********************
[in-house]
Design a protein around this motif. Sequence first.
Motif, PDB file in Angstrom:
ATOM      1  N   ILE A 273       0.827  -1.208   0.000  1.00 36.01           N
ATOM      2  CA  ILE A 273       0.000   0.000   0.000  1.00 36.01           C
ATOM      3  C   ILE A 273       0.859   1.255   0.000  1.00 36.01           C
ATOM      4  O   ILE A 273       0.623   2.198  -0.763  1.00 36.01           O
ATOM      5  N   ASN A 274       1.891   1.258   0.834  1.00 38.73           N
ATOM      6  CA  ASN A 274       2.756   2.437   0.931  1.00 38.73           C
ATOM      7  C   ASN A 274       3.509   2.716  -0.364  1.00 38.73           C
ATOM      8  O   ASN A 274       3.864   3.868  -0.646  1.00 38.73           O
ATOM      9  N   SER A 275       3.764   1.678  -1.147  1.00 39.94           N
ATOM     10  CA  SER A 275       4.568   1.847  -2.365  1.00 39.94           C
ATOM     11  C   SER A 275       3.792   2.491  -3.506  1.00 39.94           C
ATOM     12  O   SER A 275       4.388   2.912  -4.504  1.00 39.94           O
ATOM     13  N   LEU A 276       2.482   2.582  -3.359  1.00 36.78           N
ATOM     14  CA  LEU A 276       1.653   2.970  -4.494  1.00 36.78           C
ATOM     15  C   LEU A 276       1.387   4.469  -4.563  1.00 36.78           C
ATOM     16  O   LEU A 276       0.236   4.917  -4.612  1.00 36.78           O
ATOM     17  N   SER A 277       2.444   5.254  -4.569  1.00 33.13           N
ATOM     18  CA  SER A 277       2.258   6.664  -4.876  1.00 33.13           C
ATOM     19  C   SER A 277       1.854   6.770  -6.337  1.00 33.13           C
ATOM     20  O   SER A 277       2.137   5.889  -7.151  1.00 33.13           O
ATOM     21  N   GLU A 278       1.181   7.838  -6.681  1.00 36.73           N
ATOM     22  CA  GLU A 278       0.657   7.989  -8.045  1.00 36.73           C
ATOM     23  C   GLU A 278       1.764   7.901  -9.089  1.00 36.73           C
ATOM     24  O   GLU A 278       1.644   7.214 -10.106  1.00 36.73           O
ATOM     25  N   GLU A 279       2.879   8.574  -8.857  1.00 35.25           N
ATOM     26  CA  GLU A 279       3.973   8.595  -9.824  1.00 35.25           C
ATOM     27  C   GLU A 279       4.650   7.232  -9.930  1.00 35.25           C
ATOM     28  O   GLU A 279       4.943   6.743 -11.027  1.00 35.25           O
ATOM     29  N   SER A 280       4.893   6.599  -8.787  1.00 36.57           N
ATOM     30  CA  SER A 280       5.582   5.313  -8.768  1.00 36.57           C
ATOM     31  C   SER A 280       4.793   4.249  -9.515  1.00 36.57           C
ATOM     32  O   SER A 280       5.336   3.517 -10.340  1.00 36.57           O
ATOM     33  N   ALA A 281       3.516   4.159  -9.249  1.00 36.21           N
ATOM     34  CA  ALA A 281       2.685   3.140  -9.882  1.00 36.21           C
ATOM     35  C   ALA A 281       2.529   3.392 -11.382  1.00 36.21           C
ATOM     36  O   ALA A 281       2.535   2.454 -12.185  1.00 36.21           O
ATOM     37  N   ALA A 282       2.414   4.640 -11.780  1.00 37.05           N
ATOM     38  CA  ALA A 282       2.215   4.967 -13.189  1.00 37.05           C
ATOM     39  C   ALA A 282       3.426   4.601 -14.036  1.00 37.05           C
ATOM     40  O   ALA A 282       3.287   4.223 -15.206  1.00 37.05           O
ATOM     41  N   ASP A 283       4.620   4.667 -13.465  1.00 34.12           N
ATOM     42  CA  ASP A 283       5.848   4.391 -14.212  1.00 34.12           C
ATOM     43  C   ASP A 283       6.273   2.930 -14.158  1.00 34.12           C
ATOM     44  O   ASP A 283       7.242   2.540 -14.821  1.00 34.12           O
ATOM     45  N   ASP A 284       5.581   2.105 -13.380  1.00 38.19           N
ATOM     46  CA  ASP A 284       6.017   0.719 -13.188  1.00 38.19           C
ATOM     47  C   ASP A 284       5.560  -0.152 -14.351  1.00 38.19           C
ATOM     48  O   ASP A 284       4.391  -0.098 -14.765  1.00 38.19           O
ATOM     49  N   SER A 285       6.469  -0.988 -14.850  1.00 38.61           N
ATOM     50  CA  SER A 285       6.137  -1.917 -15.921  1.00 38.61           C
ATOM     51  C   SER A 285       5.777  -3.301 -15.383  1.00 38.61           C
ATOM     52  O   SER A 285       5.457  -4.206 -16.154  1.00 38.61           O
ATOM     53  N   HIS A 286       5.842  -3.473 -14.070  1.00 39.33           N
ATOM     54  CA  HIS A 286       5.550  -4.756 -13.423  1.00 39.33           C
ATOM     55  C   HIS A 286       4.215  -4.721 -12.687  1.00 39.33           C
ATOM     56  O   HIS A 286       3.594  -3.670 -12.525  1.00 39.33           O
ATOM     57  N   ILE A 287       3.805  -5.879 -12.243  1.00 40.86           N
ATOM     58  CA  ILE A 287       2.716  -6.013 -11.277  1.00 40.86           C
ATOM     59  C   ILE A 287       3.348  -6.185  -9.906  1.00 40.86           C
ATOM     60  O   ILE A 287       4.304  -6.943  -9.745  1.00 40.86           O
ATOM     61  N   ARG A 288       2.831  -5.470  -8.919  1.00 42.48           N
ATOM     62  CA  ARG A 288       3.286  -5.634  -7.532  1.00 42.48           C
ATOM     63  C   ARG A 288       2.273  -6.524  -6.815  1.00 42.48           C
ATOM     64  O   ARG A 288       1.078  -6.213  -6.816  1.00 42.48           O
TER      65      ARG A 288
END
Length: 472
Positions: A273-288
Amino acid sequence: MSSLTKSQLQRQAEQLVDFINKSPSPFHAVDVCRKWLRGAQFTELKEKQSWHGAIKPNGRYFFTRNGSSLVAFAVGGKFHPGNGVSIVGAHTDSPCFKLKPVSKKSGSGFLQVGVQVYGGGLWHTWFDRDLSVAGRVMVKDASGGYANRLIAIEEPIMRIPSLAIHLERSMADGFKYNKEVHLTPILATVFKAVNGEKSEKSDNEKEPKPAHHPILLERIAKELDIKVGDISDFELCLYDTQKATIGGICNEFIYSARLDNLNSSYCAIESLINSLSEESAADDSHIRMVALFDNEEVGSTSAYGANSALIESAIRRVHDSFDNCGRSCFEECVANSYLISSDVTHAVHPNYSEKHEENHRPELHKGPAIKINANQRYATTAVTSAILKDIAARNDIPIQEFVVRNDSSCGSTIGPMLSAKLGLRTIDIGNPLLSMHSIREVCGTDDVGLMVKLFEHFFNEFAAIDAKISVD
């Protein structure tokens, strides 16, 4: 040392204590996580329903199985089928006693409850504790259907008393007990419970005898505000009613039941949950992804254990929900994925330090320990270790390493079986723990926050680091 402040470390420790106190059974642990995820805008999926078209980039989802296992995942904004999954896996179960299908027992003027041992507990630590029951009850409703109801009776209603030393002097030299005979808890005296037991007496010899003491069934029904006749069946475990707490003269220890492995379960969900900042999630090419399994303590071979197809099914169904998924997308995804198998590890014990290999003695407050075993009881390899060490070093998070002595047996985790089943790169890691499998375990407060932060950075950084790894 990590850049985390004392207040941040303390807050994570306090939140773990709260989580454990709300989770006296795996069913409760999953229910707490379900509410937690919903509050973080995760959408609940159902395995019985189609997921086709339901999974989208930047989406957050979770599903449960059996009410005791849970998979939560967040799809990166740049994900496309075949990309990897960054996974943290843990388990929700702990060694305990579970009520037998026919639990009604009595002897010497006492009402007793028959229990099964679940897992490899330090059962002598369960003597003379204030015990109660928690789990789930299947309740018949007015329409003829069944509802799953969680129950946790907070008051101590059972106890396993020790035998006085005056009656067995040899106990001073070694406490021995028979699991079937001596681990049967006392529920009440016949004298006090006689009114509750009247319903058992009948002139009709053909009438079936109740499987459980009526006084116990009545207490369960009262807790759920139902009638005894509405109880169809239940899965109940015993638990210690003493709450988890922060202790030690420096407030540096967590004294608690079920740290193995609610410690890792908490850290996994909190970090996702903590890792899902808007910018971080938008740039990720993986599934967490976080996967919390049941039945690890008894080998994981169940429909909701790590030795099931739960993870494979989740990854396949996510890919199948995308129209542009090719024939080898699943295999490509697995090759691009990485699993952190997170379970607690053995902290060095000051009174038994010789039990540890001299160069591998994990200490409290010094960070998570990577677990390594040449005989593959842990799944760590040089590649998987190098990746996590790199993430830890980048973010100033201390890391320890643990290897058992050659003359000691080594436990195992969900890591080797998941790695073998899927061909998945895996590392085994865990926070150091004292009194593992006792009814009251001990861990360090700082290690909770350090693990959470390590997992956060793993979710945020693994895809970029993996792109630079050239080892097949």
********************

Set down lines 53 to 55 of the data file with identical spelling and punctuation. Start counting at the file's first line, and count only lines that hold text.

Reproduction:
ATOM     50  CA  SER A 285       6.137  -1.917 -15.921  1.00 38.61           C
ATOM     51  C   SER A 285       5.777  -3.301 -15.383  1.00 38.61           C
ATOM     52  O   SER A 285       5.457  -4.206 -16.154  1.00 38.61           O